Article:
Will Gardner Director, Center for Capital Market Competitiveness

Published

November 16, 2021

Share

U.S. consumers looking for banking services have access to a wide variety of options from different institutions depending upon their needs. Today, banks of all sizes offer services that were incomprehensible just 20 years ago. From mobile banking, online check deposits, to contactless payments, banking is easier than ever. The widespread adoption of these innovations is the result of a competitive banking sector with a well-regulated mergers and acquisitions environment. 

Through mergers, banks can build economies of scale, allowing them to focus on providing better products and services to customers. Mergers can also help banks provide these services to both rural and urban areas without fear that a merger will automatically lead to fewer branches or reduced access to services.Despite such robust competition, some policymakers in Washington, D.C. believe more industry oversight is needed when it comes to proposed mergers and acquisitions. 

President Biden’s July 2021 executive order on competition encourages the Attorney General and bank regulators to adopt a plan for “the revitalization of merger oversight.” And, on the heels of this order, Sen. Elizabeth Warren (D-MA) and Rep. Jesús “Chuy” Garcia (D-IL) reintroduced the Bank Merger Review Modernization Act.  

These proposals come at a time when the banking sector is already facing strict competition from new financial technologies and the increased digitization of the financial services industry. While the sheer number of banks has fallen, robust competition remains in the market driven by nearly 5,000 commercial banks and savings institutions and over 5,000 credit unions nationwide. Given this decline, regulators might also reflect on the unintended consequences brought by overregulation. For example, since the passage of Dodd-Frank, the number of full-service banks nationwide fell by 28.9 percent from 2010-2020.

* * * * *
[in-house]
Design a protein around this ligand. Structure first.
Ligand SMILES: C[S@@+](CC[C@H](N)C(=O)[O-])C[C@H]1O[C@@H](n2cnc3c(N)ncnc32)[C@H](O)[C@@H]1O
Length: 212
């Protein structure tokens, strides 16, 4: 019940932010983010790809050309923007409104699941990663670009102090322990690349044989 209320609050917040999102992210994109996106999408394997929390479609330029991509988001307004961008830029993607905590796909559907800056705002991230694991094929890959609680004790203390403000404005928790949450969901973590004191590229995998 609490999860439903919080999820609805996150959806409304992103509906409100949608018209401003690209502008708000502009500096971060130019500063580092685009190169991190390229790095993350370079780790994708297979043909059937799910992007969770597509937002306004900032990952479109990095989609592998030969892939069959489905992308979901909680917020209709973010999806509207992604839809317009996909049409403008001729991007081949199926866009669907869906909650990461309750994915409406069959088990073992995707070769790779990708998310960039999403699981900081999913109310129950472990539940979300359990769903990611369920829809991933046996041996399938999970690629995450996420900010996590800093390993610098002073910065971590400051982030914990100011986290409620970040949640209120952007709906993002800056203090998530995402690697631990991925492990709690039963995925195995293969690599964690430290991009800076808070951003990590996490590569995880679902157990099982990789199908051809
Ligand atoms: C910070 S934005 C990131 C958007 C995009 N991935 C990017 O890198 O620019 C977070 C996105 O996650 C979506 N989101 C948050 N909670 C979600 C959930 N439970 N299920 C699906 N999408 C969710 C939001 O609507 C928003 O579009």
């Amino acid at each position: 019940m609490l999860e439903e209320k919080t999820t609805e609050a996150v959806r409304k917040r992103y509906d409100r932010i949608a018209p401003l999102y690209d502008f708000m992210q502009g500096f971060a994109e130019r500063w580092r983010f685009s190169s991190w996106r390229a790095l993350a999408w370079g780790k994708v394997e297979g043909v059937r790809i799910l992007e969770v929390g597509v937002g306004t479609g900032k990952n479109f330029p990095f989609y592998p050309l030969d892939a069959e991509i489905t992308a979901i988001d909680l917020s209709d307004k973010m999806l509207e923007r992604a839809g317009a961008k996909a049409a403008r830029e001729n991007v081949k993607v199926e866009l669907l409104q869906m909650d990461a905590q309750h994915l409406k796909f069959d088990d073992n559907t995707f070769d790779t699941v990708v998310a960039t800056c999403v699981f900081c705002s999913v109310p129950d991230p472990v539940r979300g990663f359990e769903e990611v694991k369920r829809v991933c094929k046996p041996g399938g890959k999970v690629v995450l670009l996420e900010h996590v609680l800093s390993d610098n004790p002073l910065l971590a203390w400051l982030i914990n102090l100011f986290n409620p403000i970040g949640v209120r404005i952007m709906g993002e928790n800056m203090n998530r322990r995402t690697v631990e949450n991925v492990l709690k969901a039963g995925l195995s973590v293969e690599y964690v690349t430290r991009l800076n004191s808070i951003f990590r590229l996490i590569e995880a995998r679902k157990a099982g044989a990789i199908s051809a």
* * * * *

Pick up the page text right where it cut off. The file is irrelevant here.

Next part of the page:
The existing process for reviewing bank mergers is already rigorous.  Once a merger application is submitted, regulators are required to follow all bank merger laws, weighing safety and soundness heavily, before any approval is granted.  

The law makes it clear that bank regulators—as well as the Justice Department’s antitrust review—are obligated to block any merger application that poses a threat to competition. For the last two decades, regulators from administrations controlled by both major political parties have followed this rigorous process and have concluded that many mergers were good for our financial system.   

In fact, the government has all the power it needs to stop mergers that are harmful to competition.  Over the last 20 years, across all sectors of the economy, the government has won all but eleven of the approximately 780 mergers it has challenged. Such a track record demonstrates the existing legal framework for merger review is sound and the government is far from powerless to intervene when needed.   

The federal government would do well to recognize that increased merger activity is driven overwhelmingly by market forces aimed at increasing competition and providing better services to consumers.  

Excessive regulation and the compliance burden it has created has certainly played a role in bank consolidation. Regulations issued with the focus of consumer benefit in mind that limit unfair competition deserve support. Sadly, the regulations spurred on by Dodd-Frank are not part of the regulatory review process overseen by the Office of Information and Regulatory Affairs within the White House.   

Placing more constraints on bank mergers will only serve to chill business activity that promotes growth, competition, and stability in our financial system.  

About the authors

Will Gardner

Will Gardner

Director, Center for Capital Market Competitiveness